July 25, 2021

U.S. House vows to remove federal statues in Capitol: NPR

This file photo shows Chief Justice Roger Thane’s marble bust in the old Supreme Court chamber in the U.S. Capitol. The House voted Tuesday in a bill to remove the chest from public view.

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This file photo shows Chief Justice Roger Thane’s marble bust in the old Supreme Court chamber in the U.S. Capitol. The House voted Tuesday in a bill to remove the chest from public view.

J. Scott Applewhite / AB

The House of Representatives on Tuesday voted to remove all Confederate statues from public view in the American Capitol, replacing the bust of former U.S. Chief Justice Roger Thane, author of 1857. Tread Scott Decision to declare that people of African descent are not U.S. citizens.

House 285-120 level has been exceeded. All Democrats supported the law; All ‘no’ votes came from Republican members.

“My ancestors built this building,” de Khalifa, a spokeswoman for the House of Representatives, said in an emotional statement on the floor of the House before the vote. “Imagine how, more than 100 years after the abolition of slavery in this country, we still have respect for the people who betrayed this country to enslave my ancestors.”

Law, HR3005, Will direct Capitol’s architect to locate and remove all statues and explosions depicting members of the Federation from public view within 45 days of the resolution being passed. The removed statue was donated to the Capitol by one state, which will return it to the state, which can then choose to replace it with another core.

Among the Confederate statues, there is one statue Jefferson Davis, President of the Federation, was on display in the statue hall.

The statue of Jefferson Davis, President of the Confederate States from 1861-1865, is on display in the Statue Hall inside the American Capitol.

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Chip Somodevilla / Getty Images

The statue of Jefferson Davis, President of the Confederate States from 1861-1865, is on display in the Statue Hall inside the American Capitol.

Chip Somodevilla / Getty Images

The bill also specifically mentions the removal of statues of three men who defended slavery and separatism, Charles Brandley Igac, John Caldwell Calhoun and James Paul Clark.

“Congress halls are the heart of our democracy,” House Speaker Nancy Pelosi, de- calif., Said on the floor before the vote. “The statues we show should embody our lofty ideals as Americans, express who we are and what we want to be as a nation.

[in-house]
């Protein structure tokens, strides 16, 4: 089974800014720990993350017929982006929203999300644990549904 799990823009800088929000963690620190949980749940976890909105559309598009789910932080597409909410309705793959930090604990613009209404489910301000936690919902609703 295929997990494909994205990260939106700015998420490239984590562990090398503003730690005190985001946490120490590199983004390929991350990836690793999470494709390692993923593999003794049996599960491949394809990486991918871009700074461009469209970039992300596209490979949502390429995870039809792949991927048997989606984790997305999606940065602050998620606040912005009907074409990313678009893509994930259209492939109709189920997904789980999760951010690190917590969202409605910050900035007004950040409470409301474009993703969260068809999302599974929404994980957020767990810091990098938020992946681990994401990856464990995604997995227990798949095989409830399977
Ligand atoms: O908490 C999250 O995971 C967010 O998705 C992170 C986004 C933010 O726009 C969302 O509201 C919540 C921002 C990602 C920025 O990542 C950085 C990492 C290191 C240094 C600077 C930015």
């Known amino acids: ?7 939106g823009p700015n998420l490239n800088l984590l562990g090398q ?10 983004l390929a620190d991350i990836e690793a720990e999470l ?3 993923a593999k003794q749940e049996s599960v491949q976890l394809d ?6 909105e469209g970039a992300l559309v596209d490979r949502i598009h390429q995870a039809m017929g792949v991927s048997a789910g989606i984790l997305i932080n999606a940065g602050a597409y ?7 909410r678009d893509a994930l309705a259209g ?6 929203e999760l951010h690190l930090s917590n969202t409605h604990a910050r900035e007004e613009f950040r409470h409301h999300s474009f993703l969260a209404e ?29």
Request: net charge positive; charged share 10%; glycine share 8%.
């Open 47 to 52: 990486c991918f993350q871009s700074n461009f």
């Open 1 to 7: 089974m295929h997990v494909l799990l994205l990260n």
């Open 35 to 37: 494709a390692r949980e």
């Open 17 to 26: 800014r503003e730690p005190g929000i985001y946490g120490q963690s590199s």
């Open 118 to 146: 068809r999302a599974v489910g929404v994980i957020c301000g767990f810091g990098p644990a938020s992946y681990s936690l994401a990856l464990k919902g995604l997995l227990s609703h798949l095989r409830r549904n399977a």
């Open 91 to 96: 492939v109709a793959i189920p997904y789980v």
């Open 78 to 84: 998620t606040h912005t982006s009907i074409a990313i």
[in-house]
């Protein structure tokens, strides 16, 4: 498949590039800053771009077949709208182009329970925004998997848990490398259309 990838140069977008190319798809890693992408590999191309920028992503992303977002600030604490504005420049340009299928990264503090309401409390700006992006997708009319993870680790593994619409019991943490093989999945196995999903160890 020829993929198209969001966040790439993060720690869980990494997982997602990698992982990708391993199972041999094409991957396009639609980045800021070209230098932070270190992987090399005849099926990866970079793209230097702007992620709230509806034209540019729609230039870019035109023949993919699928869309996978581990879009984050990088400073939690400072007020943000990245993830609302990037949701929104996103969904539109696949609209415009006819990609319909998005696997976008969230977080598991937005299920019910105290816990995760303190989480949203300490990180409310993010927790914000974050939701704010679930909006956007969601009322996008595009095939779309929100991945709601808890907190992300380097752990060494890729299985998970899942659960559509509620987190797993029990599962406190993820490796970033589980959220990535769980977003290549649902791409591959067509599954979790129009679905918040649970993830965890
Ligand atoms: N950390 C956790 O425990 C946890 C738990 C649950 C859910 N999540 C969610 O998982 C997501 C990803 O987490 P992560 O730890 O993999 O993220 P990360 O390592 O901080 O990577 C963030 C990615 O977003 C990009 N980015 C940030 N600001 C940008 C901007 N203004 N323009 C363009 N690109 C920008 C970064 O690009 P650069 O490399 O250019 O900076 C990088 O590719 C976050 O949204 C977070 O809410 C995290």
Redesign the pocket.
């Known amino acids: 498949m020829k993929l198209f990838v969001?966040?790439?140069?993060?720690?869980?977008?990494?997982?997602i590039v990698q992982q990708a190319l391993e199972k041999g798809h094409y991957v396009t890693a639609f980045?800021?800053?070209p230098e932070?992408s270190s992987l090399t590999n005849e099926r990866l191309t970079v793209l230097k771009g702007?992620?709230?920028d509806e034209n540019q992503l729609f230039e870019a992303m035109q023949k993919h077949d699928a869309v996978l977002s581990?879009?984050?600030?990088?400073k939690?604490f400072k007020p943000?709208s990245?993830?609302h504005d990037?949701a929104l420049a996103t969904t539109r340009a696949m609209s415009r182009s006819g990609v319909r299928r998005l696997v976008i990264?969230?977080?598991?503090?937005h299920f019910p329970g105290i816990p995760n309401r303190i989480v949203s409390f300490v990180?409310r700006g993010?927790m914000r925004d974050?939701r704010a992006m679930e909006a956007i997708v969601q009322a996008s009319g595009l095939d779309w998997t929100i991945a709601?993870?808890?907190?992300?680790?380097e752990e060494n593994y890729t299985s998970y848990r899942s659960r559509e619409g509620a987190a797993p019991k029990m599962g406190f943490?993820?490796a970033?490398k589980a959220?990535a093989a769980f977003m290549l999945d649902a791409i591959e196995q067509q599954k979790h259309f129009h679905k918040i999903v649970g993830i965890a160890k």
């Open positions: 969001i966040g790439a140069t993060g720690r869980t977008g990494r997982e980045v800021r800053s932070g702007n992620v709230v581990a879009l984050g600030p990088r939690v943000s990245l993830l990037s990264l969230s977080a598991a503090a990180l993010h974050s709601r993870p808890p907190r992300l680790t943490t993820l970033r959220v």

The law also requires that the author of the law, Danny, have his bust removed Tread Scott Results, Declaring that black Americans are not citizens of the United States and thus cannot be prosecuted in federal courts. The ruling also said that Congress did not have the power to ban slavery in US territories. The law requires that the bust be replaced by one of the first black Supreme Court judges, Durkot Marshall.

“The removal of Chief Justice Roger Brooke Dane’s bust from the U.S. capital reveals that while recognizing Congress as one of the worst mistakes ever made in protecting the institution of slavery from its historic mistakes, in one of its chambers, Chief Justice Roger Brooke Dani’s Tread Scott v.” The law says.

The statue of Danny was based at the Maryland State House Removed in 2017 After standing for almost 145 years. “This is the right thing to do,” said Larry Hogan of the Republican Republic of Maryland.

House Minority Leader Kevin McCarthy, R-Calif., Condemned his debate time on Wednesday Critical race theory, An intellectual approach to studying American institutions through the lens of race and racism has been renamed by many Republicans to any discourse on race or the continuing role of racism in American society. McCarthy said he supported the removal of the Confederate statues, and repeatedly stated that the racist legislators and leaders they portrayed were then members of the Democratic Party.

Some Republican lawmakers noted their support for the removal of the statues, but also expressed their frustration with the legislative process.

“My opposition to this bill is not due to the goal we are trying to achieve, but to the fact that the majority of people in this body continue to practice the skirt,” said Barry Laoud Termilk, a spokesman for R-Cav. “For the second consecutive congress, the bill rushed to the floor without an inquiry or markup on the House executive committee.”

Several Republicans filed similar procedural complaints about the established law Junettin as the official public holiday.

Alabama Republican Rep. Mo Brooks previewed his ‘No’ vote on the bill Report Determining “Abolish Cultural and Historical Revisionism”.

“I support federalism and the right of a state to decide who to respect. Therefore, I would proudly vote ‘No’ on HR 3005. Alabama, New Yorkers, Californians or anyone else should decide who we want to respect. Read the report.

Tuesday’s referendum comes almost a year later Approved a similar resolution With the support of 72 Republicans, the Senate eventually stalled without the support of Republicans.